Article 370 of the Indian Constitution is a ‘temporary provision’ which grants special autonomous status to Jammu & Kashmir. Under Part XXI of the Constitution of India, which deals with “Temporary, Transitional and Special provisions”, the state of Jammu & Kashmir has been accorded special status under Article 370. All the provisions of the Constitution which are applicable to other states are not applicable to J&K. For example, till 1965, J&K had a Sadr-e-Riyasat for governor and prime minister in place of chief minister.
History of Article 370
The provision was drafted in 1947 by Sheikh Abdullah, who had by then been appointed prime minister of Jammu & Kashmir by Maharaja Hari Singh and Jawahar Lal Nehru. Sheikh Abdullah had argued that Article 370 should not be placed under temporary provisions of the Constitution. He wanted ‘iron clad autonomy’ for the state, which Centre didn’t comply with.
Provisions of Article 370
According to this article, except for defence, foreign affairs, finance and communications, Parliament needs the state government’s concurrence for applying all other laws. Thus the state’s residents live under a separate set of laws, including those related to citizenship, ownership of property, and fundamental rights, as compared to other Indians. As a result of this provision, Indian citizens from other states cannot purchase land or property in Jammu & Kashmir. Under Article 370, the Centre has no power to declare financial emergency under Article 360 in the state. It can declare an emergency in the state only in case of war or external aggression. The Union government can therefore not declare emergency on grounds of internal disturbance or imminent danger unless it is made at the request or with the concurrence of the state government.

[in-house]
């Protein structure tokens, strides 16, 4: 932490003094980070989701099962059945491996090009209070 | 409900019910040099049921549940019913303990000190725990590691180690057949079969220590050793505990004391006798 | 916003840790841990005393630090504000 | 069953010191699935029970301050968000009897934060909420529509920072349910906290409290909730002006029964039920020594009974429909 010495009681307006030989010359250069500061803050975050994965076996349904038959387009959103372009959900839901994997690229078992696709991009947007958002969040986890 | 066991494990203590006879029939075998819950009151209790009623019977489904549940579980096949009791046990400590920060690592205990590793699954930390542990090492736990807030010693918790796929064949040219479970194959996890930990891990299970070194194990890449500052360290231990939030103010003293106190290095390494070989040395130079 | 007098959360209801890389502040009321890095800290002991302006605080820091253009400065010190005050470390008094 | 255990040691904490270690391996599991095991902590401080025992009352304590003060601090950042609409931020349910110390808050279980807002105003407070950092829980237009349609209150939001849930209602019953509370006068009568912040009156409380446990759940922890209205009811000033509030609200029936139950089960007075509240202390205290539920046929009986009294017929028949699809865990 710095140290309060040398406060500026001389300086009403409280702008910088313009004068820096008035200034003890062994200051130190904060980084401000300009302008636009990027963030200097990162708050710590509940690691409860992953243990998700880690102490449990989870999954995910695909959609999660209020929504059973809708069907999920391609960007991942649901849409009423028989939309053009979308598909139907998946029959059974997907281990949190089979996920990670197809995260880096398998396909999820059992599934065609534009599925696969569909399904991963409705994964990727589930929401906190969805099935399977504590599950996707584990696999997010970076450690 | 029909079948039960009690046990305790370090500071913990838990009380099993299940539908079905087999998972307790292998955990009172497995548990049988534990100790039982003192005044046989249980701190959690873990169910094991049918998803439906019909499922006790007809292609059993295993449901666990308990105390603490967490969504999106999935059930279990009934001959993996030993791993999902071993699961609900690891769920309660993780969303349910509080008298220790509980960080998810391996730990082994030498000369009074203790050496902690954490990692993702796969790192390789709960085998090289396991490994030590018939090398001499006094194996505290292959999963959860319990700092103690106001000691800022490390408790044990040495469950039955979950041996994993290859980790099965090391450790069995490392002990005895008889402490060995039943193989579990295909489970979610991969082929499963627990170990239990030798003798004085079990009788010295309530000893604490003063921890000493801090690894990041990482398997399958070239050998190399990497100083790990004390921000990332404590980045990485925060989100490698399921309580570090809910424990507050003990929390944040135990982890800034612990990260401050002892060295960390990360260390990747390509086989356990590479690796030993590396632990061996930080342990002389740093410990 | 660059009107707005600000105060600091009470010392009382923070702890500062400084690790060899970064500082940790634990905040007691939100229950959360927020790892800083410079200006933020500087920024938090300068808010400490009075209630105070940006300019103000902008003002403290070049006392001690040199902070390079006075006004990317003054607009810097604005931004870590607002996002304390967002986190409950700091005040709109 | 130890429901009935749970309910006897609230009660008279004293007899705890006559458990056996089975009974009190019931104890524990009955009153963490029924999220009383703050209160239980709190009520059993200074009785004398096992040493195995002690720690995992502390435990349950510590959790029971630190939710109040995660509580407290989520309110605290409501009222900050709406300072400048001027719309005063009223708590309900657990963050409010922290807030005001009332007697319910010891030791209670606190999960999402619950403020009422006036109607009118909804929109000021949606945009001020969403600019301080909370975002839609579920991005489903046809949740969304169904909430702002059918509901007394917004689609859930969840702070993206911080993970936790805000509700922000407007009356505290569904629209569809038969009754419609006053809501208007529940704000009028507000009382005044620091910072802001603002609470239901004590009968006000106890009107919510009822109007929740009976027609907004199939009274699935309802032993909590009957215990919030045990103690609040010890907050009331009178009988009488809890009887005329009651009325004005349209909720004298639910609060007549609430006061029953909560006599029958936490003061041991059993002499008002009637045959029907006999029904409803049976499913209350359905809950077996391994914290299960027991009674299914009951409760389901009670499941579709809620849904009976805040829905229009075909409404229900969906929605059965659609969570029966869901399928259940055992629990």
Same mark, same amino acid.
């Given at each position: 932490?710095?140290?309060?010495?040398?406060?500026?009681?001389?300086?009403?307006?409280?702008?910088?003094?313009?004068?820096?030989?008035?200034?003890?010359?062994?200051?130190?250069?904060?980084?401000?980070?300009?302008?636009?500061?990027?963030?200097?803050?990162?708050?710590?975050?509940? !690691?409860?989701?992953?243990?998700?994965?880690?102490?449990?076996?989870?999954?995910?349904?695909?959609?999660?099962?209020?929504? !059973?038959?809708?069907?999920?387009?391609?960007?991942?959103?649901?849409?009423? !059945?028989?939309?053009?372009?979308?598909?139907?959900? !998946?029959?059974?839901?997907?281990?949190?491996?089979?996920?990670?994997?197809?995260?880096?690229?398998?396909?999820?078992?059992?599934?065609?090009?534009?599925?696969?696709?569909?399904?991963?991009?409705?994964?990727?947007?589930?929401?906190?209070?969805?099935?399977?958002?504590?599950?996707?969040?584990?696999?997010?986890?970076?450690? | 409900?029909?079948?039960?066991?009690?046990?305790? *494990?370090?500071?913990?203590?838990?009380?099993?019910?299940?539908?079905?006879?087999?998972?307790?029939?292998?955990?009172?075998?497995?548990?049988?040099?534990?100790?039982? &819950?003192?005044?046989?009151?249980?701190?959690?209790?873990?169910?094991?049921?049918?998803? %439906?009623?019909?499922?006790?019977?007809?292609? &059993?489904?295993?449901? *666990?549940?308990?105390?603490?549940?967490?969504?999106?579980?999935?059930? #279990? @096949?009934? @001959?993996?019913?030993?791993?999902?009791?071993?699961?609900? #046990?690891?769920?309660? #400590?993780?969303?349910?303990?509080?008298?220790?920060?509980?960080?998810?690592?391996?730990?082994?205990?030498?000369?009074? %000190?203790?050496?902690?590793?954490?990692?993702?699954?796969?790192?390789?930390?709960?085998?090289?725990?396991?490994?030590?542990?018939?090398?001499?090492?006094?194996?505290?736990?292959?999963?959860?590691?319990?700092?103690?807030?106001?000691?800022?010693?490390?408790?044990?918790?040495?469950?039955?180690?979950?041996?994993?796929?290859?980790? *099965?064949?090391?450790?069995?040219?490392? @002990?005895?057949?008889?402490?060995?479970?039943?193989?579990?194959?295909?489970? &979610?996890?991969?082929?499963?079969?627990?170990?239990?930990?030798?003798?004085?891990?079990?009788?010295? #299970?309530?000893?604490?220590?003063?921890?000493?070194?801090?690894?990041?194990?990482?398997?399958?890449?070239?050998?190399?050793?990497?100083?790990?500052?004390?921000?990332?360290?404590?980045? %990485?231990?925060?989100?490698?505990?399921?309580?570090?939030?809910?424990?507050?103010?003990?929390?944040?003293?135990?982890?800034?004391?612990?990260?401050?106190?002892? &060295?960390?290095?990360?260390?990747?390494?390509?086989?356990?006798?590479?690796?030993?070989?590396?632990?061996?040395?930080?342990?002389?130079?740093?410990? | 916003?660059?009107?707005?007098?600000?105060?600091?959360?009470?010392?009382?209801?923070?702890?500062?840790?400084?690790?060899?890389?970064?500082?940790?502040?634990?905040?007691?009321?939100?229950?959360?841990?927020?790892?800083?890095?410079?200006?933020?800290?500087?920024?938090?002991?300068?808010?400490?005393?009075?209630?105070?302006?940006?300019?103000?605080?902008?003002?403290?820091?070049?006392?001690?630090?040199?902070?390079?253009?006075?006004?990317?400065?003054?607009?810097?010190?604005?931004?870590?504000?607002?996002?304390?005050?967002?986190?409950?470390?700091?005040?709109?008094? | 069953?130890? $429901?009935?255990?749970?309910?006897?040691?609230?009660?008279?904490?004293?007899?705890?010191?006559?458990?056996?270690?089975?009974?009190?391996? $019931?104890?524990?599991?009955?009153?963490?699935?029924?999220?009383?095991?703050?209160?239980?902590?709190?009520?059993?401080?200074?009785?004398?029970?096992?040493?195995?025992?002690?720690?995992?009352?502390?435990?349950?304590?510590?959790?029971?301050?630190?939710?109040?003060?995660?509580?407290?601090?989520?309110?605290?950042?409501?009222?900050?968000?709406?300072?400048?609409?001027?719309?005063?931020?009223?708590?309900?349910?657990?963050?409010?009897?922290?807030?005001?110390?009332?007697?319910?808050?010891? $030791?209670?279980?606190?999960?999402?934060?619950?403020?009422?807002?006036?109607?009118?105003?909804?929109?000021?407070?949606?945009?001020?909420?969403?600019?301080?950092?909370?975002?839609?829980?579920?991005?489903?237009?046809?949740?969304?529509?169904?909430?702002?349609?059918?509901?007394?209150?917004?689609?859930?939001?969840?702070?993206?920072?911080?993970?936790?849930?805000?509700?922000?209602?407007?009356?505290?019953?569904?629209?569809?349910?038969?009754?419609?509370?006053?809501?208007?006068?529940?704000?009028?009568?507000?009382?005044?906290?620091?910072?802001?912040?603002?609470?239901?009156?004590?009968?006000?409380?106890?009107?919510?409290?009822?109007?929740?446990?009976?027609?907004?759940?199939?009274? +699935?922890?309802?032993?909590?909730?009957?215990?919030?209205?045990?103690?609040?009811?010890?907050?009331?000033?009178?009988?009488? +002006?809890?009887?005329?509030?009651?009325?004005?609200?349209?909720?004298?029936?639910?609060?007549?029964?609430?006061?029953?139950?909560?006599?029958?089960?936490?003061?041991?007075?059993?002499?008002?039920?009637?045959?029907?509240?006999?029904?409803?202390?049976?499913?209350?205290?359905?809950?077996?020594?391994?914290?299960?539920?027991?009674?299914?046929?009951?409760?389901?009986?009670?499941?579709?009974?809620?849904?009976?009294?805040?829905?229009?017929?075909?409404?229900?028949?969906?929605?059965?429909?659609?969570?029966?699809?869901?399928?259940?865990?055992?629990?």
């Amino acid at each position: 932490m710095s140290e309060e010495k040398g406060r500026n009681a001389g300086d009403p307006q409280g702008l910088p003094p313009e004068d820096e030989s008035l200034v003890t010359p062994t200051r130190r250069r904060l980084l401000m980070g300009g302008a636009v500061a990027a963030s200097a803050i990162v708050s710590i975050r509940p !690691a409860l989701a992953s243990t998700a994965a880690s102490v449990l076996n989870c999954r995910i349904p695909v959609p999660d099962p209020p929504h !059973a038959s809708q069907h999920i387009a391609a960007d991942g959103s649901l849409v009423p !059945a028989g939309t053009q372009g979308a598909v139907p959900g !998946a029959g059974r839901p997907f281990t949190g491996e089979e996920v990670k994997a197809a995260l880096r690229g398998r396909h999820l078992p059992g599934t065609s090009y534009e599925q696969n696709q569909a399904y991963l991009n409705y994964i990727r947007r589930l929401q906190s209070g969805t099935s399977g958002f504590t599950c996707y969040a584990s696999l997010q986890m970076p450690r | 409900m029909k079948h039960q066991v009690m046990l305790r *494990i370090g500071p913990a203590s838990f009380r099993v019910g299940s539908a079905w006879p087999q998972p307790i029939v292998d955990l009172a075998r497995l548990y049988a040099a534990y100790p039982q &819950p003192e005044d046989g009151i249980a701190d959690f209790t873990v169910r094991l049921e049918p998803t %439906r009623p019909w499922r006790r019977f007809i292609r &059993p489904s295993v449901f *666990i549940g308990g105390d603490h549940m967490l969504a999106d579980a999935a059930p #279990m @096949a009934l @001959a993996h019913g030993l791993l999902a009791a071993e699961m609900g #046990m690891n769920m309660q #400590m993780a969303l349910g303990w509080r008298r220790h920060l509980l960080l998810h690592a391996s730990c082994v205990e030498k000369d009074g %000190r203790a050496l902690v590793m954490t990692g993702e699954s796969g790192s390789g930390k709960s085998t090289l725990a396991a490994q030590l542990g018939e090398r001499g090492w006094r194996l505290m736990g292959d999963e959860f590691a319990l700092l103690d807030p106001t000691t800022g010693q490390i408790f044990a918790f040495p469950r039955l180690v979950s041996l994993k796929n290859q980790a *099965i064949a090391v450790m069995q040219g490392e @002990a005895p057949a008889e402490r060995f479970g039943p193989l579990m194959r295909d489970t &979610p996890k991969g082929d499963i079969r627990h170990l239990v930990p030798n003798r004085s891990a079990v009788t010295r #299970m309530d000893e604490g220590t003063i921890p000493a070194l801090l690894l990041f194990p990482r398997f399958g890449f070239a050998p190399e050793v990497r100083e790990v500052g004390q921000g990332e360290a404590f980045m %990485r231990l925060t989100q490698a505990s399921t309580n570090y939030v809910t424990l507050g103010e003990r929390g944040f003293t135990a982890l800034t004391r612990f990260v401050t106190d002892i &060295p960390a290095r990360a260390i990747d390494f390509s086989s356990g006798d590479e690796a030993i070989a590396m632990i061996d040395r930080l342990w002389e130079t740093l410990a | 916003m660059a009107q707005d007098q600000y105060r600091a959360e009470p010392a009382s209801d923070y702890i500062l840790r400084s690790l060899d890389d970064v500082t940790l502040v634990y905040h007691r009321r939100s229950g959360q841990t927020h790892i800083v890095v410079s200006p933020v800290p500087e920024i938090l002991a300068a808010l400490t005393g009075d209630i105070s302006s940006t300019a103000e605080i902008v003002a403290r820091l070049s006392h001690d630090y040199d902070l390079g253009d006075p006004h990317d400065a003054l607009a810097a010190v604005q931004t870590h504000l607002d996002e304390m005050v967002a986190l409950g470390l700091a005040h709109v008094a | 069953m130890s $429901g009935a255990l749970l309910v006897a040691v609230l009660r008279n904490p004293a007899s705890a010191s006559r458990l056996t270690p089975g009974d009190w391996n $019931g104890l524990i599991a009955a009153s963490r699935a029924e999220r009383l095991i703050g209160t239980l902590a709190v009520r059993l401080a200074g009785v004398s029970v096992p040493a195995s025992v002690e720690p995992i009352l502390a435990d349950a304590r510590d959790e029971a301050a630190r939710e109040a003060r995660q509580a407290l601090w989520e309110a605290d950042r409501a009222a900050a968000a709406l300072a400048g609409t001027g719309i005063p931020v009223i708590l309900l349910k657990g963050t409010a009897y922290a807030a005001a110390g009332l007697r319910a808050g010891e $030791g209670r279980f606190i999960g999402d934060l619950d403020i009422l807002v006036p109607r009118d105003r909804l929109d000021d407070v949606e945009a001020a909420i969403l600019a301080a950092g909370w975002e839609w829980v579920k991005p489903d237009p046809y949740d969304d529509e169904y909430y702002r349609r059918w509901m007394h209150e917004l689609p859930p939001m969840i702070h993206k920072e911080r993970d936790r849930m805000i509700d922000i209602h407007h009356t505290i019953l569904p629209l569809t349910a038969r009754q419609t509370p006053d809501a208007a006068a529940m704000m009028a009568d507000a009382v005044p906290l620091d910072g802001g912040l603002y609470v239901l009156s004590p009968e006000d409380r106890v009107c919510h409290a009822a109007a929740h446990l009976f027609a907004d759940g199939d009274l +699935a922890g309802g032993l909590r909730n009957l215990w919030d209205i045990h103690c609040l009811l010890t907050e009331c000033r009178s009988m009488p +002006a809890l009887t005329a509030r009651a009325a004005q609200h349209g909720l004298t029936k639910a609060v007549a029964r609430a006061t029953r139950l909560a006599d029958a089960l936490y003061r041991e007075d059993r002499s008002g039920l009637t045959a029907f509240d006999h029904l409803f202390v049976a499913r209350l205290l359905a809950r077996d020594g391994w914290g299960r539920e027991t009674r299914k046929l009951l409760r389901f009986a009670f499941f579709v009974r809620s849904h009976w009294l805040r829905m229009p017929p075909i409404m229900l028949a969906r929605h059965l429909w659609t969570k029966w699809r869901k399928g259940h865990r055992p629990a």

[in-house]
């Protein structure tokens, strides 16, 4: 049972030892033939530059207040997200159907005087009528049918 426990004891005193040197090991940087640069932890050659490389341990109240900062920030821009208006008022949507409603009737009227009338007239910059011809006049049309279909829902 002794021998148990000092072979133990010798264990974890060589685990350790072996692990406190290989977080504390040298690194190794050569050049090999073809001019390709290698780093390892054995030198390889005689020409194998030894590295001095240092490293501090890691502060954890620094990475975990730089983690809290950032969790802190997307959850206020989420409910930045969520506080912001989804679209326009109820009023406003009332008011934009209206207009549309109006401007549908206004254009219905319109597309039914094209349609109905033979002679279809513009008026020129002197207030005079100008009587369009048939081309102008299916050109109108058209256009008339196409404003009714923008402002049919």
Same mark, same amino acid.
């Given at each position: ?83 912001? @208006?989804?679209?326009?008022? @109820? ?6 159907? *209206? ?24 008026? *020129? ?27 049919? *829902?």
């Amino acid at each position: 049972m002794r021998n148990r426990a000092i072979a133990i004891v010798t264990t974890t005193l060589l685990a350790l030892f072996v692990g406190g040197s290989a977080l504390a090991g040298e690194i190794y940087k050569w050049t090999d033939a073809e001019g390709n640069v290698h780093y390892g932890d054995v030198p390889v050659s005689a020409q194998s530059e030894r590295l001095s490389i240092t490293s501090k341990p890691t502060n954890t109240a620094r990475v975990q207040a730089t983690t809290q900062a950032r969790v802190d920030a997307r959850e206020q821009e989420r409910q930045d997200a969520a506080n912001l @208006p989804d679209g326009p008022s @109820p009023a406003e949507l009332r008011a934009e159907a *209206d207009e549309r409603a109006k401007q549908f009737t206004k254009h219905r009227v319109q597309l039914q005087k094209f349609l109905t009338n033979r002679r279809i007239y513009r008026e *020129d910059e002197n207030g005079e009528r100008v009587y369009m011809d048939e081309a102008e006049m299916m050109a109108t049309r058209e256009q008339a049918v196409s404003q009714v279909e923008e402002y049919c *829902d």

The validity of Article 370 has been questioned time and again. Can it be debated on the floor of the Parliament? Well, yes. Experts have said that it is temporary in nature and avenues to change it are yet to be explored by lawmakers. Constitution expert and former Secretary General of the Lok Sabha Subhash Kashyap, said this Article is not barred from a debate on the floor of the Parliament. “Article 370 under the Constitution has been ascribed as a temporary provision and not a special provision. There are provisions in the Constitution – temporary, transitional and special. Temporary is the weakest. The question is – how can be it ended and when shall be ended,” Kashyap told news agency IANS.
However, legal experts point out that removing Article 370 comes with riders. “There are practical problems in removing Article 370. There are a number of presidential orders issued under Article 370 extending a number of statutes and other provisions applicable in other parts of the country to J & K. If 370 go without any alternative, it will create practical difficulties”, said Kumar Mihir, Advocate on Record in Supreme Court.